Archive for January, 2010
by Admin on January 11th, 2010
Manica’s potholed dirt roads are a challenge but thanks to a steady stream of illicit diamonds from neighboring Zimbabwe, more and more people in this impoverished town of western Mozambique can afford one. It is a new frontier energized by diamonds.
“The diamonds enter Mozambique in an obscure and clandestine way. Nobody in Manica is permitted to [buy or sell] them because we do not have this mineral,” Jose Tefula, the administrator of the Manica district.
The diamonds are believed to come from the vast Chiadzwa diamond fields in the eastern province of Manicaland, about 56 miles (90 kilometers) southwest of Zimbabwe’s eastern city of Mutare, not far from the border. Traders use “mules,” who often ingest the stones, to smuggle the diamonds into Mozambique, Tefula said.
According to Alberto Limeme, head of the border patrol at Machipanda, the main border post between Mozambique and Zimbabwe,”The diamonds cannot cross the border without proper certification, but we don’t have enough personnel for adequate control.”
Stones worth hundreds of thousands of dollars are allegedly being smuggled in every month. In December 2009, authorities seized more than 500 grams of diamonds from a single smuggler.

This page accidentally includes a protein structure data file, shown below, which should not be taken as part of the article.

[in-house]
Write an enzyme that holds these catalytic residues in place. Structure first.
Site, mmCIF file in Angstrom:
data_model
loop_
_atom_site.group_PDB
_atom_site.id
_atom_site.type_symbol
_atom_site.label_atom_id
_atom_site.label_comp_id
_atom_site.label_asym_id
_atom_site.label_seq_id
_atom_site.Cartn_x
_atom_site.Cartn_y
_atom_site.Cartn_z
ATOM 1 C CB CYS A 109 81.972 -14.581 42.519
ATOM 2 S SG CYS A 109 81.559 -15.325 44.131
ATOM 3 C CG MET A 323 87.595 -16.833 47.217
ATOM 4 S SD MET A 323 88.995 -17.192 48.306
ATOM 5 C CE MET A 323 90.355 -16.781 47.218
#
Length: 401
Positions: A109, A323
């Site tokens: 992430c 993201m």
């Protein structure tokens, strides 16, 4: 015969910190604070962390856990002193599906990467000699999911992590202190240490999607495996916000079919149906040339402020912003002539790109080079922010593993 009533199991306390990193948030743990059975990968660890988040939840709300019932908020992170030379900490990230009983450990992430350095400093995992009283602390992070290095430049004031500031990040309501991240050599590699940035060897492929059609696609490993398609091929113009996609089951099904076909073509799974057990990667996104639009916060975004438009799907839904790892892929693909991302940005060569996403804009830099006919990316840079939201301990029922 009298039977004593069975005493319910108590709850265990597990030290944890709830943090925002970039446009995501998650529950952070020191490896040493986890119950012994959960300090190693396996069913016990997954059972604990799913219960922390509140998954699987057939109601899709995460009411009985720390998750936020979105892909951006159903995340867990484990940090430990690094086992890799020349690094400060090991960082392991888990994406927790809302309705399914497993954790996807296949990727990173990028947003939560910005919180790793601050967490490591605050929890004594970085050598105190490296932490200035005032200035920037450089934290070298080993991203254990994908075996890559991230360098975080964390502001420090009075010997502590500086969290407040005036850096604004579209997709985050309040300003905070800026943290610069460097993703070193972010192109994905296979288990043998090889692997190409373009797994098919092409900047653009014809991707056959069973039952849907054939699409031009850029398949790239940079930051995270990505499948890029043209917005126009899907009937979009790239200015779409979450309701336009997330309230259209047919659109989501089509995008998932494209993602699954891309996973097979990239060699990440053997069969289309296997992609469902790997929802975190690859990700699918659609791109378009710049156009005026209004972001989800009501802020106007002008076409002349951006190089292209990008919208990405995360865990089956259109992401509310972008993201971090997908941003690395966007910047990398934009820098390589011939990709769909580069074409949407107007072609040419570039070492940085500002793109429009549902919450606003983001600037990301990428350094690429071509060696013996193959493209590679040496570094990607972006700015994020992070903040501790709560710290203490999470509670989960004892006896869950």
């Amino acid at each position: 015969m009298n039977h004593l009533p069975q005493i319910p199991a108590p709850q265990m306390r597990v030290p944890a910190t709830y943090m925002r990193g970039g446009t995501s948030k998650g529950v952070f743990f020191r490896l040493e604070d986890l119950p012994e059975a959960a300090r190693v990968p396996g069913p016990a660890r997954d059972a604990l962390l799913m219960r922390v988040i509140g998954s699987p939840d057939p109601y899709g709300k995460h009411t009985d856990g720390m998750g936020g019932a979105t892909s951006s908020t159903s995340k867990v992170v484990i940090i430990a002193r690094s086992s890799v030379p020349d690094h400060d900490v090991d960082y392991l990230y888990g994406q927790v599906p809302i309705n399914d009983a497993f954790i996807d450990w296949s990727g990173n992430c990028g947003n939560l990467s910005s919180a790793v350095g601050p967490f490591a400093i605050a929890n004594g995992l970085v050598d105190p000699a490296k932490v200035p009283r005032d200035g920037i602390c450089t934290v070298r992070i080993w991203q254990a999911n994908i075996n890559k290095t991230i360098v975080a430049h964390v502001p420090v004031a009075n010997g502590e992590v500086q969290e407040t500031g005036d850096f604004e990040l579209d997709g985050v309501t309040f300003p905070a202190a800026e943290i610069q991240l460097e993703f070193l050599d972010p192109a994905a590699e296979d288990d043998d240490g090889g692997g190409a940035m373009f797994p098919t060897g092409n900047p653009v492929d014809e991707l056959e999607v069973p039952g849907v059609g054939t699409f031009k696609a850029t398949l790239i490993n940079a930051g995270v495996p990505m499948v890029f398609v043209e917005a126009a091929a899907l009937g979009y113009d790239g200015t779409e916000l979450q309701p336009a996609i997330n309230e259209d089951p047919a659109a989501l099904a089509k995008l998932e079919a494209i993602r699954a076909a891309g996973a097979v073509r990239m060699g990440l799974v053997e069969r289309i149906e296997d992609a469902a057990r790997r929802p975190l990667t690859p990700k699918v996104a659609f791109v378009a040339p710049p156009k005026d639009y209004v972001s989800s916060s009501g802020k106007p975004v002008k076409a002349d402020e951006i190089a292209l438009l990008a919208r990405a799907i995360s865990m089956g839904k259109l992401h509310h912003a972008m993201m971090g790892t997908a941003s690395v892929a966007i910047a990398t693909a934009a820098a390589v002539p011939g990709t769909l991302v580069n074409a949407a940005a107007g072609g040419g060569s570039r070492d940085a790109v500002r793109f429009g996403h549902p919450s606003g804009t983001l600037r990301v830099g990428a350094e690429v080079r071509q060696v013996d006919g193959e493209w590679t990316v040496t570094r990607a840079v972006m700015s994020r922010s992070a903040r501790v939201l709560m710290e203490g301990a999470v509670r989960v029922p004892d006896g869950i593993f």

A recent joint operation by the Mozambican Migration Services and Border Patrol to stem the flow had not managed to contain the illegal traffic of the precious stones, Limeme admitted.
Limeme said the Zimbabwean authorities had long been aware of the illegal diamond pipeline, but “as long as the Zimbabweans do not clamp down on the illegal trafficking, it will be very difficult for us to restrain the entrance of the diamonds.”
Hundreds of thousands of artisanal miners have swarmed into the Chiadzwa region and in late 2008, Zimbabwe’s president, Robert Mugabe, sent troops to flush them out after repeated attempts by the police to establish control failed.
A June 2009 report by the international watchdog, Human Rights Watch (HRW), accused Zimbabwean security forces of killing more than 200 miners in 2008 — an allegation denied by Mugabe’s government — and recommended that Zimbabwe be suspended from the Kimberley Process Certification Scheme (KPCS), which polices the diamond trade. The fields are now controlled by the military and villagers are allegedly forced by soldiers to dig for stones for the benefit of senior government officials or military commanders.
A 2009 report, “Zimbabwe, Diamonds and the Wrong Side of History,” by Partnership Africa Canada (PAC), one of the architects of the certification scheme, states, “Zimbabwean diamonds are produced from mines that benefit political and military gangsters and they are smuggled out of the country by the bucket-load.”
One Zimbabwean diamond trader in Manica, who wished to remain anonymous, told IRIN that “people are very willing to risk their lives to carry diamonds across the border. In Zimbabwe, it is necessary to bribe the soldiers guarding the mines and then you still have to make the journey across the mountains to get to the border. But this is creating a lot of wealth in Manica,” the trader added.